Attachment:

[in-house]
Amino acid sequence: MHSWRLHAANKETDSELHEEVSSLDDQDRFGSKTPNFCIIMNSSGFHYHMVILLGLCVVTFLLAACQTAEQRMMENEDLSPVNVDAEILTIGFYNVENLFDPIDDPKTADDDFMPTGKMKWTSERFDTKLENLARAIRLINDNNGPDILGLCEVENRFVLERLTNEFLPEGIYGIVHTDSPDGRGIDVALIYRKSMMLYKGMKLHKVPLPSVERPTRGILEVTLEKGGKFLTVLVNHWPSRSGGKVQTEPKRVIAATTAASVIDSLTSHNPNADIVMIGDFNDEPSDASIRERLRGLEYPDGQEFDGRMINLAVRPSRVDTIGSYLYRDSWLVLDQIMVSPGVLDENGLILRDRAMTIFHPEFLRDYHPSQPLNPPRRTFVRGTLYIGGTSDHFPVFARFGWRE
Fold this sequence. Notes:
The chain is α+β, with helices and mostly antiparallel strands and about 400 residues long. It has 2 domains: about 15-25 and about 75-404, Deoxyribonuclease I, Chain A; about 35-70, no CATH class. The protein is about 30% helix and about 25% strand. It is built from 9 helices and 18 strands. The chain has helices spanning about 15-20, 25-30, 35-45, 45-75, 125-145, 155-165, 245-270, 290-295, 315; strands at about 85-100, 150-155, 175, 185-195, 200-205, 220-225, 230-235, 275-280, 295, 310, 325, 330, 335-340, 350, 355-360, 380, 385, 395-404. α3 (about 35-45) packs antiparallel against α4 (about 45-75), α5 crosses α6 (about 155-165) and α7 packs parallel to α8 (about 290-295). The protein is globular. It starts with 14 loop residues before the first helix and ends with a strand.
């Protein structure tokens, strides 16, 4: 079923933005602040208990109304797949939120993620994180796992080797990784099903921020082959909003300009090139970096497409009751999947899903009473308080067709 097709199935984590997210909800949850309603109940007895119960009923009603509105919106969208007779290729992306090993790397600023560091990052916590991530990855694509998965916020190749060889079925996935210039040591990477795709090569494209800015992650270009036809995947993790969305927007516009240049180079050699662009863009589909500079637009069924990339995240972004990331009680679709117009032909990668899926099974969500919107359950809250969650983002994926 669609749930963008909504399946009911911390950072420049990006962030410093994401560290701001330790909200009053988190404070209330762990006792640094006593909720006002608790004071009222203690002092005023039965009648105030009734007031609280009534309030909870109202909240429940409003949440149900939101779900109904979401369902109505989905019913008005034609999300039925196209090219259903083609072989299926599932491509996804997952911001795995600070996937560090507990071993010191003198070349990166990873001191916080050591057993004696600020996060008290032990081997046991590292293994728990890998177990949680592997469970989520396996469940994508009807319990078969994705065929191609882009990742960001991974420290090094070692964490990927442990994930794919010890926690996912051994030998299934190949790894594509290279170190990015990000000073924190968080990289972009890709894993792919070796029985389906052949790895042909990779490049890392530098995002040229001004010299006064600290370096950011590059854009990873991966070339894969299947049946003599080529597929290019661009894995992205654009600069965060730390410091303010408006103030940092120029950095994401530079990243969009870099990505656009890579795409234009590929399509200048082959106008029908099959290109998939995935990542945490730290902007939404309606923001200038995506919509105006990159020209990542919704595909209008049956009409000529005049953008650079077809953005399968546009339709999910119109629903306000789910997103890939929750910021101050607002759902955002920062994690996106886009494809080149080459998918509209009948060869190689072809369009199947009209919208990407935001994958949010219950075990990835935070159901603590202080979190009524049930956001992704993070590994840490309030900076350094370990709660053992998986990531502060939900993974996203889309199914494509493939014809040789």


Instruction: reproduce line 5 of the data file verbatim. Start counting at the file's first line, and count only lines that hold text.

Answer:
């Protein structure tokens, strides 16, 4: 079923933005602040208990109304797949939120993620994180796992080797990784099903921020082959909003300009090139970096497409009751999947899903009473308080067709 097709199935984590997210909800949850309603109940007895119960009923009603509105919106969208007779290729992306090993790397600023560091990052916590991530990855694509998965916020190749060889079925996935210039040591990477795709090569494209800015992650270009036809995947993790969305927007516009240049180079050699662009863009589909500079637009069924990339995240972004990331009680679709117009032909990668899926099974969500919107359950809250969650983002994926 669609749930963008909504399946009911911390950072420049990006962030410093994401560290701001330790909200009053988190404070209330762990006792640094006593909720006002608790004071009222203690002092005023039965009648105030009734007031609280009534309030909870109202909240429940409003949440149900939101779900109904979401369902109505989905019913008005034609999300039925196209090219259903083609072989299926599932491509996804997952911001795995600070996937560090507990071993010191003198070349990166990873001191916080050591057993004696600020996060008290032990081997046991590292293994728990890998177990949680592997469970989520396996469940994508009807319990078969994705065929191609882009990742960001991974420290090094070692964490990927442990994930794919010890926690996912051994030998299934190949790894594509290279170190990015990000000073924190968080990289972009890709894993792919070796029985389906052949790895042909990779490049890392530098995002040229001004010299006064600290370096950011590059854009990873991966070339894969299947049946003599080529597929290019661009894995992205654009600069965060730390410091303010408006103030940092120029950095994401530079990243969009870099990505656009890579795409234009590929399509200048082959106008029908099959290109998939995935990542945490730290902007939404309606923001200038995506919509105006990159020209990542919704595909209008049956009409000529005049953008650079077809953005399968546009339709999910119109629903306000789910997103890939929750910021101050607002759902955002920062994690996106886009494809080149080459998918509209009948060869190689072809369009199947009209919208990407935001994958949010219950075990990835935070159901603590202080979190009524049930956001992704993070590994840490309030900076350094370990709660053992998986990531502060939900993974996203889309199914494509493939014809040789």